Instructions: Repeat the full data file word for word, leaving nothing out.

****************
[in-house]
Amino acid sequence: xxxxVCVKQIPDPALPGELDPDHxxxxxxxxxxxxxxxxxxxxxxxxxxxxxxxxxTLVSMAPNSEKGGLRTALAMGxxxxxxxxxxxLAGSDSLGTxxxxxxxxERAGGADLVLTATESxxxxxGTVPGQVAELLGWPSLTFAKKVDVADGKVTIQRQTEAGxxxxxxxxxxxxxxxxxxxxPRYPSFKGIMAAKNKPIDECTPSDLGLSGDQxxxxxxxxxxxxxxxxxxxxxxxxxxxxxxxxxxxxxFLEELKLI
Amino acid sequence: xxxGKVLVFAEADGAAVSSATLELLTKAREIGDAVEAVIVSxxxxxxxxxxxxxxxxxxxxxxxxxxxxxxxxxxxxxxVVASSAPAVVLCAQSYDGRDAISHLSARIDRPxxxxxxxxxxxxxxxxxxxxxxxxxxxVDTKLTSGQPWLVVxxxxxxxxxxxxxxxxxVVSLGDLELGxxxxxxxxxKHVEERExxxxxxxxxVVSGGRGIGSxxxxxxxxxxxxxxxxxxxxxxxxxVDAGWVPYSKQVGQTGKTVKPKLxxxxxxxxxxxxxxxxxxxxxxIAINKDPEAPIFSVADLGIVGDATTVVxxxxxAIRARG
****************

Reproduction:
[in-house]
Amino acid sequence: xxxxVCVKQIPDPALPGELDPDHxxxxxxxxxxxxxxxxxxxxxxxxxxxxxxxxxTLVSMAPNSEKGGLRTALAMGxxxxxxxxxxxLAGSDSLGTxxxxxxxxERAGGADLVLTATESxxxxxGTVPGQVAELLGWPSLTFAKKVDVADGKVTIQRQTEAGxxxxxxxxxxxxxxxxxxxxPRYPSFKGIMAAKNKPIDECTPSDLGLSGDQxxxxxxxxxxxxxxxxxxxxxxxxxxxxxxxxxxxxxFLEELKLI
Amino acid sequence: xxxGKVLVFAEADGAAVSSATLELLTKAREIGDAVEAVIVSxxxxxxxxxxxxxxxxxxxxxxxxxxxxxxxxxxxxxxVVASSAPAVVLCAQSYDGRDAISHLSARIDRPxxxxxxxxxxxxxxxxxxxxxxxxxxxVDTKLTSGQPWLVVxxxxxxxxxxxxxxxxxVVSLGDLELGxxxxxxxxxKHVEERExxxxxxxxxVVSGGRGIGSxxxxxxxxxxxxxxxxxxxxxxxxxVDAGWVPYSKQVGQTGKTVKPKLxxxxxxxxxxxxxxxxxxxxxxIAINKDPEAPIFSVADLGIVGDATTVVxxxxxAIRARG